An issuer that exits EGC status should ensure that its annual report for the year of the change in EGC status conforms to the requirements for a non-EGC public company (taking into account other applicable designations such as accelerated filer status, newly public company status or smaller reporting company status). However, the SEC will not object if an issuer that has lost its EGC status does not present, in subsequently filed registration statements and periodic reports, selected financial data or a ratio of earnings to fixed charges for periods prior to the earliest audited period presented in its initial Securities Act or Exchange Act registration statement. For instance, a company that was not previously required to obtain an audit of its internal control over financial reporting because it was an EGC may be required to obtain one for the year of change in EGC status (unless it is exempt under another status, for instance, if it is a non-accelerated filer).

Practical examples

  • A calendar year-end company whose total annual gross revenues equal or exceed $1 billion for the year ending December 31, 2013 would exit EGC status on December 31, 2013 and would prepare its 2013 annual report as a non-EGC.
  • A calendar year-end company whose market capitalization equaled or exceeded $700 million as of June 28, 2013 (the last business day of its most recently completed second fiscal quarter) (and met the other conditions to qualify as a large accelerated filer) would also no longer be considered an EGC for purposes of its 2013 annual report.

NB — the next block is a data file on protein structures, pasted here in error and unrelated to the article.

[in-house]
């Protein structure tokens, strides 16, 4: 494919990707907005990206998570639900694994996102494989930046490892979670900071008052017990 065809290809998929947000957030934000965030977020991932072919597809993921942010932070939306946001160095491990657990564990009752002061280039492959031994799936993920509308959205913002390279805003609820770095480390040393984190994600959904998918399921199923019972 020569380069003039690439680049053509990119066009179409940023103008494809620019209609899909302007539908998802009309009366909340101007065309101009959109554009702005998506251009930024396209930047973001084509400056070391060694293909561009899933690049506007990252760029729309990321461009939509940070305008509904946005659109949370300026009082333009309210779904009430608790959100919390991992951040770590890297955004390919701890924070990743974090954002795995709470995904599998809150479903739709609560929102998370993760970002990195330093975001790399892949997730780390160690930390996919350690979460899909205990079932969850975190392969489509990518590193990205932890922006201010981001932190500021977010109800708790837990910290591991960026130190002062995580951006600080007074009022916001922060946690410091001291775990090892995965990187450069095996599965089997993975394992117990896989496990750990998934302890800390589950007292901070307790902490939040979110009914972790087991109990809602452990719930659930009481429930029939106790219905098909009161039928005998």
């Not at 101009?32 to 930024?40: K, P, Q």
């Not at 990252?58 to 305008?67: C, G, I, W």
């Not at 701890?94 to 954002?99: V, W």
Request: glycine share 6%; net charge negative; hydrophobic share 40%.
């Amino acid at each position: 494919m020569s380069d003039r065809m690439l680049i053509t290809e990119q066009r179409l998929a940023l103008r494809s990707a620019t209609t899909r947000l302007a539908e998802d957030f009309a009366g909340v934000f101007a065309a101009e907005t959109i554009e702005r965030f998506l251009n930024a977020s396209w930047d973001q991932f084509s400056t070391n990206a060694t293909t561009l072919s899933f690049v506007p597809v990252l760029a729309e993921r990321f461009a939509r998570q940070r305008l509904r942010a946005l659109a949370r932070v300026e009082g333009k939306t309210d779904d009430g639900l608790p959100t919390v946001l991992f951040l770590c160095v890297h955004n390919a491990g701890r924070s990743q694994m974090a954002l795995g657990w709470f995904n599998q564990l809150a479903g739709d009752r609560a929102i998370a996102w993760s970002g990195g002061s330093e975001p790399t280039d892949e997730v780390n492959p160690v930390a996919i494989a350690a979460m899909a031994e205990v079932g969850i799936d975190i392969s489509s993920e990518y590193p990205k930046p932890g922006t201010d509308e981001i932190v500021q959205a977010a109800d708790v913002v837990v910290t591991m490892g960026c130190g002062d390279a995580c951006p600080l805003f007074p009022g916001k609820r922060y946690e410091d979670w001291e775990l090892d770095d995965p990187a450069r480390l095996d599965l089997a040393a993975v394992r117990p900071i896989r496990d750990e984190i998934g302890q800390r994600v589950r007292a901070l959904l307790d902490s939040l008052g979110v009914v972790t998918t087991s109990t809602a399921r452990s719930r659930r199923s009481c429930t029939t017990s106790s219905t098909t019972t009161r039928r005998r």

• For a calendar-year EGC that completed its initial public offering of common equity securities on June 15, 2012, the fifth anniversary will be on June 15, 2017. Absent the presence of an earlier disqualifying event, it will exit EGC status on December 31, 2017 and, accordingly, may not take advantage of the EGC accommodations in its 2017 annual report.
  • A calendar year-end EGC issued $400 million of non-convertible debt securities on April 30, 2013, which caused the amount of non-convertible debt securities issued during the immediately preceding rolling three-year period (May 1, 2010 to April 30, 2013) to exceed $1 billion. The issuer will exit EGC status on April 30, 2013.

The SEC staff provided guidance on this topic in FAQs 3, 17, 40, and 50 of JOBS Act FAQs: Generally Applicable Questions on Title I of the JOBS Act and in Financial Reporting Manual (FRM) 10110.4. Because there are no transition accommodations, EGCs should regularly track matters that may cause them to exit EGC status. Loss of EGC status could result in significantly increased financial reporting and compliance requirements.


PwC clients that have questions about this Practical tip should contact their engagement partner. Engagement teams that have questions should contact Mila Petrova (1-973-236-5601) or Anil Persad (1-973-236-5009) in the National Professional Services Group.

Authored by:

Mila Petrova
Phone: 1-973-236-5601

Anil Persad
Senior Manager
Phone: 1-973-236-5009